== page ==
I attended the 6th annual Wennberg International Collaborative (WIC) Fall Research Meeting in London September 2–4, 2015. This invitation-only meeting is a collaboration between The Dartmouth Institute (TDI) and the London School of Economics and Political Science (LSE). The WIC is a research network committed to improving health care by examining organizational and regional variation in health care resources, utilization, and outcomes. The goal of the collaboration is to better understand the causes and consequences of unwarranted variation—that is, variation in health care not explained by differences in population needs or preferences—around the world, leading to clinical improvement and policy change.
The collaboration also celebrates and extends globally the work of Jack Wennberg, founder of The Dartmouth Atlas and cofounder of the Informed Medical Decisions Foundation. Although Jack couldn’t attend this year, Al Mulley, also cofounder of the Foundation, represented Dartmouth. David Goodman, a pediatrician and health services researcher, as well as coprincipal investigator of The Dartmouth Atlas, cochaired the meeting with Gywn Bevan, professor of health policy at the LSE.
About 65 people from 20 countries attended the meeting, held at the Royal College of Surgeons of England. The meeting focused on scientific data presentations describing practice variations, but there were policy presentations on addressing those variations as well, particularly from England, Scotland, Spain, New Zealand, and Australia; the Australians seemed particularly adept at policy interventions to address unwanted practice variations.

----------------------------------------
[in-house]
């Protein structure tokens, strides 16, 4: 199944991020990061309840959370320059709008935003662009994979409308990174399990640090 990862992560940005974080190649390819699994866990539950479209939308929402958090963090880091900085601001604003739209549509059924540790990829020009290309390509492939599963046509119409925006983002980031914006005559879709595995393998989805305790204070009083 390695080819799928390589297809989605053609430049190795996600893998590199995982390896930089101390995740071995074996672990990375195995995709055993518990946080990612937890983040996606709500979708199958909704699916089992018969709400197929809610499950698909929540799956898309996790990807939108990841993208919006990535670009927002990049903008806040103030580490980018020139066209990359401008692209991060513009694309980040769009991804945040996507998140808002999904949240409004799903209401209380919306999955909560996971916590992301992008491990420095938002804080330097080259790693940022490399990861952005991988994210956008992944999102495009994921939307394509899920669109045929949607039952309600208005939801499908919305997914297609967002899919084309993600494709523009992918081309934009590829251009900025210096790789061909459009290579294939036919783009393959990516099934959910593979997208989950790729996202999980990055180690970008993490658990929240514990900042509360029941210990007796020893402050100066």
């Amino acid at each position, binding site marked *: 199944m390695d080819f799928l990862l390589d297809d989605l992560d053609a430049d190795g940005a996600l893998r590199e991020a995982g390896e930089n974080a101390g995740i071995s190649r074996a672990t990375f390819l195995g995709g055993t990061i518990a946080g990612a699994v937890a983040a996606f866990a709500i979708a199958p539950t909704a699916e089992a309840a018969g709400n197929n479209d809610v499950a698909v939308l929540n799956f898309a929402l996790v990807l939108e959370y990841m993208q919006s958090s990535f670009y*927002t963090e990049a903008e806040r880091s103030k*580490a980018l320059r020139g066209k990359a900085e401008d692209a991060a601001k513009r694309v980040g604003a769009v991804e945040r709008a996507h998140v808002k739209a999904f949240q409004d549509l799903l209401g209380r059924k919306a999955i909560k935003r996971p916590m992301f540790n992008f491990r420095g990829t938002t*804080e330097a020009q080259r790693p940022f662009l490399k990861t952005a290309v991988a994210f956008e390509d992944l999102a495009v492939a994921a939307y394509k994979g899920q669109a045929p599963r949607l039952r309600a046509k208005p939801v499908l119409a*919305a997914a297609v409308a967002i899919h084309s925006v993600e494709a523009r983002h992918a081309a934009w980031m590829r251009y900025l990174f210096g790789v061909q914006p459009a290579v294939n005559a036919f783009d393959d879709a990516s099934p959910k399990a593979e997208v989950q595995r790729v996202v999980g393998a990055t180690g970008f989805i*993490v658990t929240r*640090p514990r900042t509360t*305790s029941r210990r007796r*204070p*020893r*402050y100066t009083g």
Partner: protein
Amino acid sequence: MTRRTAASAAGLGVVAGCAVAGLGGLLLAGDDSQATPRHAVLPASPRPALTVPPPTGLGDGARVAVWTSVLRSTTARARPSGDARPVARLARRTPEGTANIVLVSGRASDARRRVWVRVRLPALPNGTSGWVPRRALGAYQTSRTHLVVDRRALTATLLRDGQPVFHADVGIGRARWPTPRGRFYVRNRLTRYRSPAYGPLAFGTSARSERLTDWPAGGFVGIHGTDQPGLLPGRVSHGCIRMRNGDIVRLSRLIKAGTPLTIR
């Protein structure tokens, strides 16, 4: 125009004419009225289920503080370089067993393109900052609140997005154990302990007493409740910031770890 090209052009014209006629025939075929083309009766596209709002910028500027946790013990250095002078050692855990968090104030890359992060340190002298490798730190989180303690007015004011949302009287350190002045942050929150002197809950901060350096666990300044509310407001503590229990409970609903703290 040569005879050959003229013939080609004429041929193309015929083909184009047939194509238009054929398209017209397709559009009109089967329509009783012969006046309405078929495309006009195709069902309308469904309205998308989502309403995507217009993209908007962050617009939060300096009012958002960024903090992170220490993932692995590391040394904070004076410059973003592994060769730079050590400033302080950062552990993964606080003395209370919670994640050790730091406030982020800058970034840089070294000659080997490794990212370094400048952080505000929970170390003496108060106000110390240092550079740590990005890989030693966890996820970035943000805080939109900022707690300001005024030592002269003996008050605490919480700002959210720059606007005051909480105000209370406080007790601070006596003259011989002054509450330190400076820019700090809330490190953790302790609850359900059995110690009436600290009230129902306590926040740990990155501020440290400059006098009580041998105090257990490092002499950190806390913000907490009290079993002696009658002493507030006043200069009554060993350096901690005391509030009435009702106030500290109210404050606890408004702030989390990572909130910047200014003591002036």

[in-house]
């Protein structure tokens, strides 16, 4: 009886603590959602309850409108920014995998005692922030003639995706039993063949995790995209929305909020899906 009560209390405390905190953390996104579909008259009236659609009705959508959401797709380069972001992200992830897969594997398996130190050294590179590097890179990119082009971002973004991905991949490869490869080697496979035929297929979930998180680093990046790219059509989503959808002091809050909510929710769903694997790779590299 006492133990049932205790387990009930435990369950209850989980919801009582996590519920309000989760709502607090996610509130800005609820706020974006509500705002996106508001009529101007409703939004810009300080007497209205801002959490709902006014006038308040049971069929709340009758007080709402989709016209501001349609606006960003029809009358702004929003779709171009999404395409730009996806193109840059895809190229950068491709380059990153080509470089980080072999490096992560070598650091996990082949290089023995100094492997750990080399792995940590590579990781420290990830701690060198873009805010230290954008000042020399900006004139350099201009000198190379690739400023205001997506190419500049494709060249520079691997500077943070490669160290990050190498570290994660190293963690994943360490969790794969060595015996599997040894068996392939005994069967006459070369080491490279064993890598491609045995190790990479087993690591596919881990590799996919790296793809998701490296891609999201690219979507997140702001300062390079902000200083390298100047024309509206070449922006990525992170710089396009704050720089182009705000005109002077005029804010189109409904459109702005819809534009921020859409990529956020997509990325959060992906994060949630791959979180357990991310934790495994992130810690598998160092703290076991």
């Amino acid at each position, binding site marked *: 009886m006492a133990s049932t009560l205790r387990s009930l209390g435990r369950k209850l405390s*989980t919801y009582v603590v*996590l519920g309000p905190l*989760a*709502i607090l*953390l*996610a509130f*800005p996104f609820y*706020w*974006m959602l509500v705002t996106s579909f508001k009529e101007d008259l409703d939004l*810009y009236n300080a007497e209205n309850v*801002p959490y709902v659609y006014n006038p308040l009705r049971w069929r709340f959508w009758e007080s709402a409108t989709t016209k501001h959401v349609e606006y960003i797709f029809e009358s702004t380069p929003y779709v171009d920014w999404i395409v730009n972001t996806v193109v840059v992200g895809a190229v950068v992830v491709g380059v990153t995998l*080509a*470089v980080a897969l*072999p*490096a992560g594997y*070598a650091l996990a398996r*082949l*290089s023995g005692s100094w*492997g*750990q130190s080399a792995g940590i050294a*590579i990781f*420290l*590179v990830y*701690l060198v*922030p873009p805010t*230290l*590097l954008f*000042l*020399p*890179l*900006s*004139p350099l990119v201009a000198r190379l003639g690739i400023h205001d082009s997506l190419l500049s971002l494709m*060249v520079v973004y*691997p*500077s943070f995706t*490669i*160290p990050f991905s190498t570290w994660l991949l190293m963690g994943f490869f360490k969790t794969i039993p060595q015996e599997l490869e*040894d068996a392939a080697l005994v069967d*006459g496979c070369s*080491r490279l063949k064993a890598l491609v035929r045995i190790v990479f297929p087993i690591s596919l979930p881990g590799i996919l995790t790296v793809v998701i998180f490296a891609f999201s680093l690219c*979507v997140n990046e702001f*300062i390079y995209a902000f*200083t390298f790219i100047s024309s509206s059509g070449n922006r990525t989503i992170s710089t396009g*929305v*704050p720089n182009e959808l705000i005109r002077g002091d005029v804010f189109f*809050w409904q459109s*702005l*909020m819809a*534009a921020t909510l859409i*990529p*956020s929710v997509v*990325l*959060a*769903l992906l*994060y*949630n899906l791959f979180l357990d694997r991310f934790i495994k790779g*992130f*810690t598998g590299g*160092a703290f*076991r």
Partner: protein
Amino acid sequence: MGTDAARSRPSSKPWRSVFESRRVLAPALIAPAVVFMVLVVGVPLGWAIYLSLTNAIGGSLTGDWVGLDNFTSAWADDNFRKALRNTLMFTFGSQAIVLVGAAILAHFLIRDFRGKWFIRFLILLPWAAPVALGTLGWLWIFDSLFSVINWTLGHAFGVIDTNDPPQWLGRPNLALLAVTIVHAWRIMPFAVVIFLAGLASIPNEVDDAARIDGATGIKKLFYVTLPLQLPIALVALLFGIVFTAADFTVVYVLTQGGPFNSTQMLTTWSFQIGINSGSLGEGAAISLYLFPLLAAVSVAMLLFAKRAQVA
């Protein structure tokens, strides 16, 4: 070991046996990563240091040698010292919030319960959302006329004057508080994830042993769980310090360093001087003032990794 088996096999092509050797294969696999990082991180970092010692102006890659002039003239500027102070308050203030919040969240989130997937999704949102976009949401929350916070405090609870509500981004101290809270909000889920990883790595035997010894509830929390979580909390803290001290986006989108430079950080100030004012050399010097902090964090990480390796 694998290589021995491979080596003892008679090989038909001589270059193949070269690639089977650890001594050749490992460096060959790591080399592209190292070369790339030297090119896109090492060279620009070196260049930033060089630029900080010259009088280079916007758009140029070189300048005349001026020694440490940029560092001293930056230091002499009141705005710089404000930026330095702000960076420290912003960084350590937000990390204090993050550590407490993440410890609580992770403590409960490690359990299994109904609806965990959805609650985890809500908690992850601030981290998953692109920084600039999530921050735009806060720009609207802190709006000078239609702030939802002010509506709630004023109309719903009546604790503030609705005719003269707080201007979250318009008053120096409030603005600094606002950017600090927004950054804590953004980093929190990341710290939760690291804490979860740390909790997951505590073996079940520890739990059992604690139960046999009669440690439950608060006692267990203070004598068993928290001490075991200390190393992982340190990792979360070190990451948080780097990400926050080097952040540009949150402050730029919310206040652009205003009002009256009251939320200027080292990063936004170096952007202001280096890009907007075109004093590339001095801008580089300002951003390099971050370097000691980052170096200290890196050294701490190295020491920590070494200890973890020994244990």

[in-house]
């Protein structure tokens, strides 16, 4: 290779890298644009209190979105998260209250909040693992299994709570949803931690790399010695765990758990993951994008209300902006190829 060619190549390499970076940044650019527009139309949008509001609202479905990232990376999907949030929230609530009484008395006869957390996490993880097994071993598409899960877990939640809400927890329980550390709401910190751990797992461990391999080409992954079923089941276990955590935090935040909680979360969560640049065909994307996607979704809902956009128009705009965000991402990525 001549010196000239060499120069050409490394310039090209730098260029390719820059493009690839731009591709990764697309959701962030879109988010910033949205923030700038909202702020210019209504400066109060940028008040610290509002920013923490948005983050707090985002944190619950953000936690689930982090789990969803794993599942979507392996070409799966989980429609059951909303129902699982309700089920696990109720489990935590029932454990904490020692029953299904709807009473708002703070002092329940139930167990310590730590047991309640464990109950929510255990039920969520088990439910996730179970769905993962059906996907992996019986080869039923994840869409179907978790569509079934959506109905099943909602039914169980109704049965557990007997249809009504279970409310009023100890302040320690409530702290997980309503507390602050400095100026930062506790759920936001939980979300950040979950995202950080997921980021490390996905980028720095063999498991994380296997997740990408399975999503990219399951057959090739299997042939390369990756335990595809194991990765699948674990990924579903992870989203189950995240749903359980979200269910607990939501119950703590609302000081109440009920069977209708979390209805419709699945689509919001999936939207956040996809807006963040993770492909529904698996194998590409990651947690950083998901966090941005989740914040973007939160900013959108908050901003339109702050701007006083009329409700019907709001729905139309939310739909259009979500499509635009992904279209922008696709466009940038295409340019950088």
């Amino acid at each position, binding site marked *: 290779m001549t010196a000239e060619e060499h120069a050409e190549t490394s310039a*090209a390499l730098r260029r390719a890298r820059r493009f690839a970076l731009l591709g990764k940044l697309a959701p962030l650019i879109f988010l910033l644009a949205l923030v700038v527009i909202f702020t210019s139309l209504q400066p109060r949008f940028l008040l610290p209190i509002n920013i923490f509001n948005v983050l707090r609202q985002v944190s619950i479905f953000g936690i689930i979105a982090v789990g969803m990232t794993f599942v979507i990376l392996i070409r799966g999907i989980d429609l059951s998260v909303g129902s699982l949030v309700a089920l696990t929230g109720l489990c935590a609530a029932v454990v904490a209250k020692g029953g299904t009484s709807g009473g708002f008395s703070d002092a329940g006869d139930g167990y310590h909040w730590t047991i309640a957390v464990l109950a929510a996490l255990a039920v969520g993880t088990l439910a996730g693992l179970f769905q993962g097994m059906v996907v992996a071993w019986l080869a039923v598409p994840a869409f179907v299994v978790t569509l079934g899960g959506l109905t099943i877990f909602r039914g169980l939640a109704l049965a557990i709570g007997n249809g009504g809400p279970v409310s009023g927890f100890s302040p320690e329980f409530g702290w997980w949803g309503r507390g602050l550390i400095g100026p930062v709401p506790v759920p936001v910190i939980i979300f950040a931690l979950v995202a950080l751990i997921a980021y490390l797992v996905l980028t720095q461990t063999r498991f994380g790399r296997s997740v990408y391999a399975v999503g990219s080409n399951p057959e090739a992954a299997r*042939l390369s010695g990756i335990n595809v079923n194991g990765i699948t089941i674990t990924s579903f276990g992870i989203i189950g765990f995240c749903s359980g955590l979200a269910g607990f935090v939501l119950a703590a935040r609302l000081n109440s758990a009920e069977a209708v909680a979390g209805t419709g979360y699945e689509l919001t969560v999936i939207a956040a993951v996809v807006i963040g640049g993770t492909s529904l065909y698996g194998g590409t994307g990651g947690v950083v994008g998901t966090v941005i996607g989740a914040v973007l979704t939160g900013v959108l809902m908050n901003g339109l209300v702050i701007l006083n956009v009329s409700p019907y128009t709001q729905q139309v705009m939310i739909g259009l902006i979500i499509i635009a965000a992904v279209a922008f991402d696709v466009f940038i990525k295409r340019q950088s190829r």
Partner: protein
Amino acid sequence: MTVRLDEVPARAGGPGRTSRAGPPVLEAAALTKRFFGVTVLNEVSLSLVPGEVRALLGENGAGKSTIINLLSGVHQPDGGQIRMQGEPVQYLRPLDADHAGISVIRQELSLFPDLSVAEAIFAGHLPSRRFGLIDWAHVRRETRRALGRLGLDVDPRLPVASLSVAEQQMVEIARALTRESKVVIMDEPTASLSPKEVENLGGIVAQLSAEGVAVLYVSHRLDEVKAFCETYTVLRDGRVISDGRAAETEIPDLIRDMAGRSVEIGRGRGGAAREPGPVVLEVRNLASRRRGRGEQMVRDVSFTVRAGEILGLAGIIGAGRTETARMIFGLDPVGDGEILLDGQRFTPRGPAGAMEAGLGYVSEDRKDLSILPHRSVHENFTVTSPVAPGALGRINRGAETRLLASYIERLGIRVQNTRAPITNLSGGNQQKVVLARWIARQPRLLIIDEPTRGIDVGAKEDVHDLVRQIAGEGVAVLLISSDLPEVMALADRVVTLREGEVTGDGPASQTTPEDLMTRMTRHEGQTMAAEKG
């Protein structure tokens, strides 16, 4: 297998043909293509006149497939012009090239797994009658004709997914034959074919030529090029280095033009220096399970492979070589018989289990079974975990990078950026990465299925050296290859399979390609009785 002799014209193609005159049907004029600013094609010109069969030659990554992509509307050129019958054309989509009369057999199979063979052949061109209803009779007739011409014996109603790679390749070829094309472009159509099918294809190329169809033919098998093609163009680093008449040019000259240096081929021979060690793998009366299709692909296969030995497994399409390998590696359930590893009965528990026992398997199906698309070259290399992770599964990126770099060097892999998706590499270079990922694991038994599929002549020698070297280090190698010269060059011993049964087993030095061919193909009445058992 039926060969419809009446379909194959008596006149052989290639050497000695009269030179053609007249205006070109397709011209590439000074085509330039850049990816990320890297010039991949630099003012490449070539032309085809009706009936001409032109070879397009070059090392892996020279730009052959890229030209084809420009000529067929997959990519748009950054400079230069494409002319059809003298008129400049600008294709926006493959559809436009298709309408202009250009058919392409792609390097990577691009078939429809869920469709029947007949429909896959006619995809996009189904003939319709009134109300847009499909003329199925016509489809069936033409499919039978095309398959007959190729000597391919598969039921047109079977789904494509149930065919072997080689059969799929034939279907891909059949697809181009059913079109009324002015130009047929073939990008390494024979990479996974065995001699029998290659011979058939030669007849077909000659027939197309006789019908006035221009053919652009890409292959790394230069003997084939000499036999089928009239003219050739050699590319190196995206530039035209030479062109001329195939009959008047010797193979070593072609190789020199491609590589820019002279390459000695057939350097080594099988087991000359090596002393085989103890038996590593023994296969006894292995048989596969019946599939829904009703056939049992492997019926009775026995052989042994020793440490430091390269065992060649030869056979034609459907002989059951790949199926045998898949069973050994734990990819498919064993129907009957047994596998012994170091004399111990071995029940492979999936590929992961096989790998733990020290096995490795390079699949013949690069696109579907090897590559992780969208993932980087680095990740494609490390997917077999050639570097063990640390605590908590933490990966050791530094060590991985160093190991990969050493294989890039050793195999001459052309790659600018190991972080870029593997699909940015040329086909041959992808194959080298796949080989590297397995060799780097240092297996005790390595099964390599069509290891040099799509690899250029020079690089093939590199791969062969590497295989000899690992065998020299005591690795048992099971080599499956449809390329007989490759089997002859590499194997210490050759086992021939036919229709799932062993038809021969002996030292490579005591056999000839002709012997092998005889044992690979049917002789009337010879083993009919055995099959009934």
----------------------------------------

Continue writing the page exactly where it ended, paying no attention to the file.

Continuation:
The meeting was largely a forum to establish collaborations and provide constructive comments on ongoing work from like-minded people; most attendees were researchers working on practice variation in their own countries, and many had attended previous WIC gatherings. The plenary speakers were Elliot Fisher, director of TDI, who spoke about the Accountable Care Organization movement in the U.S.; Andreas Taenzer, an anesthesiologist from Dartmouth, who talked about reducing variation in sepsis care to improve outcomes in the High Value Health Collaborative; Estella Geraghty, chief medical officer at Esri, who talked about creating “Smart Hospitals” using Esri’s geographic information system (GIS) software; and myself. I talked about shared decision making (SDM) as an “antidote” for unwanted practice variation. A number of investigators from different countries approached me about how SDM could be studied and advanced in their own countries.
Anne Brabers, a researcher from the Netherlands, presented a clinical trial of a decision support program to help women decide about single (less effective) or dual (higher likelihood of twins) embryo implantation following in vitro fertilization. They documented a modest reduction in practice variation across hospitals using this approach.
One limitation of global research in practice variation is the availability of data. Members of the collaborative developed a statement that addresses this limitation, “Driving Health Care Improvement Without a Map: A Call for Improved Data Availability.” The “bottom line” of the document: “We as members of the Wennberg International Collaborative call for full and open access to health care data and information for legitimate research and policy analysis.” Many individuals at the meeting, including myself, endorsed the statement.
Going forward, WIC plans to have a “roving” international meeting in the spring that will be country-specific (this year it was held in Berlin), and the fall meeting in London as usual. For my part, I was honored to attend the meeting on behalf of the Informed Medical Decisions Foundation and Healthwise, and I look forward to further work in support of addressing unwanted practice variation.